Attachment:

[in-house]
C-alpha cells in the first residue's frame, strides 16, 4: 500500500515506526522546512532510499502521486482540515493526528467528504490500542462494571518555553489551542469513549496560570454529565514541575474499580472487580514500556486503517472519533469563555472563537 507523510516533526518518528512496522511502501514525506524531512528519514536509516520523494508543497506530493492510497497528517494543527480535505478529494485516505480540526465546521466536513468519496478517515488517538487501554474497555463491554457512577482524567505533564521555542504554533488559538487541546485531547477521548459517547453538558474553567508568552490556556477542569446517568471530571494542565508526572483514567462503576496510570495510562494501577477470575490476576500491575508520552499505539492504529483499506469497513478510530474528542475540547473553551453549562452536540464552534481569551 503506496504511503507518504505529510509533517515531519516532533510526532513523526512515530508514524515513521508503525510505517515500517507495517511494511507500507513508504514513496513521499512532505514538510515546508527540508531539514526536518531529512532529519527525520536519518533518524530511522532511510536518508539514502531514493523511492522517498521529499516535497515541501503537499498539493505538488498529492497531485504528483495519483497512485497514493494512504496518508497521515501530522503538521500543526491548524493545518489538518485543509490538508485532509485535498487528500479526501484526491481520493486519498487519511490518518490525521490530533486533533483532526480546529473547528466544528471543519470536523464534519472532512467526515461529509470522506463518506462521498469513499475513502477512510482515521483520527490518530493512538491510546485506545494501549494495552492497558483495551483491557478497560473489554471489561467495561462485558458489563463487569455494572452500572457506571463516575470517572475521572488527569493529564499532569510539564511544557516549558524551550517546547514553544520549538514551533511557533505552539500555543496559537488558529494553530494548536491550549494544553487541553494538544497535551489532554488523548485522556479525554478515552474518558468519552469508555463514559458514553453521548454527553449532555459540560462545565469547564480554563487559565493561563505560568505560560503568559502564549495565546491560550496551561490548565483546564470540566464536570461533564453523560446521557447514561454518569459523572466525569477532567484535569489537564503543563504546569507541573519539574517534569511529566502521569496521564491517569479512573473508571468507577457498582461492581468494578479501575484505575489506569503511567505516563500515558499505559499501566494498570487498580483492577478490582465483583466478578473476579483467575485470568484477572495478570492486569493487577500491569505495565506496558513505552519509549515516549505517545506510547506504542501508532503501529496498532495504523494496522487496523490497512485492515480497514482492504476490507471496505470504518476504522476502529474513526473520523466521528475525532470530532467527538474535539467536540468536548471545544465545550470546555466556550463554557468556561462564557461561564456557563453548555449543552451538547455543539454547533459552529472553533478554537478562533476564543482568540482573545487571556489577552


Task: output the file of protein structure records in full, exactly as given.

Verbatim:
[in-house]
C-alpha cells in the first residue's frame, strides 16, 4: 500500500515506526522546512532510499502521486482540515493526528467528504490500542462494571518555553489551542469513549496560570454529565514541575474499580472487580514500556486503517472519533469563555472563537 507523510516533526518518528512496522511502501514525506524531512528519514536509516520523494508543497506530493492510497497528517494543527480535505478529494485516505480540526465546521466536513468519496478517515488517538487501554474497555463491554457512577482524567505533564521555542504554533488559538487541546485531547477521548459517547453538558474553567508568552490556556477542569446517568471530571494542565508526572483514567462503576496510570495510562494501577477470575490476576500491575508520552499505539492504529483499506469497513478510530474528542475540547473553551453549562452536540464552534481569551 503506496504511503507518504505529510509533517515531519516532533510526532513523526512515530508514524515513521508503525510505517515500517507495517511494511507500507513508504514513496513521499512532505514538510515546508527540508531539514526536518531529512532529519527525520536519518533518524530511522532511510536518508539514502531514493523511492522517498521529499516535497515541501503537499498539493505538488498529492497531485504528483495519483497512485497514493494512504496518508497521515501530522503538521500543526491548524493545518489538518485543509490538508485532509485535498487528500479526501484526491481520493486519498487519511490518518490525521490530533486533533483532526480546529473547528466544528471543519470536523464534519472532512467526515461529509470522506463518506462521498469513499475513502477512510482515521483520527490518530493512538491510546485506545494501549494495552492497558483495551483491557478497560473489554471489561467495561462485558458489563463487569455494572452500572457506571463516575470517572475521572488527569493529564499532569510539564511544557516549558524551550517546547514553544520549538514551533511557533505552539500555543496559537488558529494553530494548536491550549494544553487541553494538544497535551489532554488523548485522556479525554478515552474518558468519552469508555463514559458514553453521548454527553449532555459540560462545565469547564480554563487559565493561563505560568505560560503568559502564549495565546491560550496551561490548565483546564470540566464536570461533564453523560446521557447514561454518569459523572466525569477532567484535569489537564503543563504546569507541573519539574517534569511529566502521569496521564491517569479512573473508571468507577457498582461492581468494578479501575484505575489506569503511567505516563500515558499505559499501566494498570487498580483492577478490582465483583466478578473476579483467575485470568484477572495478570492486569493487577500491569505495565506496558513505552519509549515516549505517545506510547506504542501508532503501529496498532495504523494496522487496523490497512485492515480497514482492504476490507471496505470504518476504522476502529474513526473520523466521528475525532470530532467527538474535539467536540468536548471545544465545550470546555466556550463554557468556561462564557461561564456557563453548555449543552451538547455543539454547533459552529472553533478554537478562533476564543482568540482573545487571556489577552